Ramboll examines options for Norway-Baltic Sea gas link
Ramboll is working on two concept studies for the proposed Baltic Pipe project, which would open a new supply corridor for the European gas market.
COPENHAGEN, Denmark – Ramboll is working on two concept studies for the proposed Baltic Pipe project, which would open a new supply corridor for the European gas market.
After completing a feasibility study at the end of last year and the EPII terminal feasibility study this February, Ramboll will continue as technical advisor for the project, performing one conceptual study for the EPII gas receiving terminal at Nybro, Denmark, and one for the subsea pipeline connecting the Danish and Polish transmission systems in the Baltic Sea.
The Nybro study concerns a tie-in to the Norwegian transmission system. It involves examining results from the completed feasibility study, further defining details of the reception terminal, and preparing documentation to obtain a firm project schedule, cost estimate, and basis for the forthcoming detailed engineering phase.
The subsea pipeline study will examine pipeline route selection, quantitative risk assessment and mechanical design, crossing identification, and agreements and preparation of survey specifications.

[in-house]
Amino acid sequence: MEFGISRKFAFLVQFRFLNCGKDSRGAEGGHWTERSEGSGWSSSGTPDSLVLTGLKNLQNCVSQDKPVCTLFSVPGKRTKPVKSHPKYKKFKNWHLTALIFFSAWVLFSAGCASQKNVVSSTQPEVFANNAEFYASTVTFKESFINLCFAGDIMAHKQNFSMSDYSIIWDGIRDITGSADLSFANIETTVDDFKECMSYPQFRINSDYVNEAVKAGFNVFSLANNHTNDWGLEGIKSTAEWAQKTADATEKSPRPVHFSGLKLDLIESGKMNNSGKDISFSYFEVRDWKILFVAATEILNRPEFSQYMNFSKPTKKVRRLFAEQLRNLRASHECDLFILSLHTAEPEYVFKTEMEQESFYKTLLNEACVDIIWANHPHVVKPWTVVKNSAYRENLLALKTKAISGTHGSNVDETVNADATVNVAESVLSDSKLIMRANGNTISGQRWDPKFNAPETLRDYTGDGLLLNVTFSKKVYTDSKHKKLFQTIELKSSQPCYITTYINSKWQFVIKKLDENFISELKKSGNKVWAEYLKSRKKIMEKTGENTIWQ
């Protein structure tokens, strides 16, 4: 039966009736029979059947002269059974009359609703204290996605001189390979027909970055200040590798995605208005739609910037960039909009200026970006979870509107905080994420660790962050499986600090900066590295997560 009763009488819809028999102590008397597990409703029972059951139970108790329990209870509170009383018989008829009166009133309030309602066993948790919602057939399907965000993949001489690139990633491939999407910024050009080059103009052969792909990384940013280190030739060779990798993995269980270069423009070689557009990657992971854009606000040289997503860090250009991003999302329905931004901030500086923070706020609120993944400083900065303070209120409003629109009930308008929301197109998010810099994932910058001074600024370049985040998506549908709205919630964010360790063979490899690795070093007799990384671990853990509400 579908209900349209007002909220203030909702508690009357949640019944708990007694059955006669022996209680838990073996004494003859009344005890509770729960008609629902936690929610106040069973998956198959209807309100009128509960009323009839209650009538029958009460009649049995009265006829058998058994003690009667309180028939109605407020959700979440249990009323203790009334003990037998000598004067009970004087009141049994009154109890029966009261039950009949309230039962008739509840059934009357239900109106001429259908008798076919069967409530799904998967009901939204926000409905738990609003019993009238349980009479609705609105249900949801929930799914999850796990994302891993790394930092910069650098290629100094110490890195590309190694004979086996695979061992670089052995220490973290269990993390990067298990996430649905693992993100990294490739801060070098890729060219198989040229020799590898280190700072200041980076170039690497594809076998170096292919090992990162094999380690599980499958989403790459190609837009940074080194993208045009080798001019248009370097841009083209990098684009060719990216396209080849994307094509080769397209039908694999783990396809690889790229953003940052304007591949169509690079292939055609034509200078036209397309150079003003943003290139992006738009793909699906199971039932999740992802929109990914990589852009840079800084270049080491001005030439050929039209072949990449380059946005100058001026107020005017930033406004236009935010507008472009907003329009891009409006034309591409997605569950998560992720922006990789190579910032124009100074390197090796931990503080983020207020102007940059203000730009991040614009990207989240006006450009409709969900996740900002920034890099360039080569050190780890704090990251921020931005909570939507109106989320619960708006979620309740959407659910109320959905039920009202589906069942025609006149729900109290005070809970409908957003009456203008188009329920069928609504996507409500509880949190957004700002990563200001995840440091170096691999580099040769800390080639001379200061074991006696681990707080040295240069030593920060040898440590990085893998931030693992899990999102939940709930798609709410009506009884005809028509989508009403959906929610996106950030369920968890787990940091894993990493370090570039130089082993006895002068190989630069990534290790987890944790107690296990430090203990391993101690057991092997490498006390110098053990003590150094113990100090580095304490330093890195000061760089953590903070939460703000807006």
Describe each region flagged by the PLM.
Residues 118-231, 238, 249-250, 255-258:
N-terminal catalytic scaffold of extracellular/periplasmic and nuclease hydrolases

Baltic Pipe is said to be one of the European Union’s projects of common interest, aimed at strengthening the European internal energy market.
“Establishing the viability of the project is a significant step towards a common goal of providing affordable, secure, and sustainable reliable energy among the citizens of the Nordic and Central Eastern European community,” said Sofie Leweson, Project Manager, Energinet.
By 2022, up to 10 bcm/yr of gas could be flowing from the Norwegian trunkline system toDenmark, Poland, and on to Eastern Europe.
Recently, Ramboll also won a new two-year framework agreement from theNorwegian Petroleum Directorate (NPD) for consultancy services related to technology, risks, plans, and costs.
This is part of NPD’s plans to develop new fields and improve recovery from producing fields.
The scope of work covers evaluation of development concepts; production facilities, processing and water treatment; maintenance, operation and late phase production; flexibility for handling contingency, uncertainties and connections to third parties; power generation, electrification, air pollution and environment; and infrastructure solutions for oil, gas, and LNG.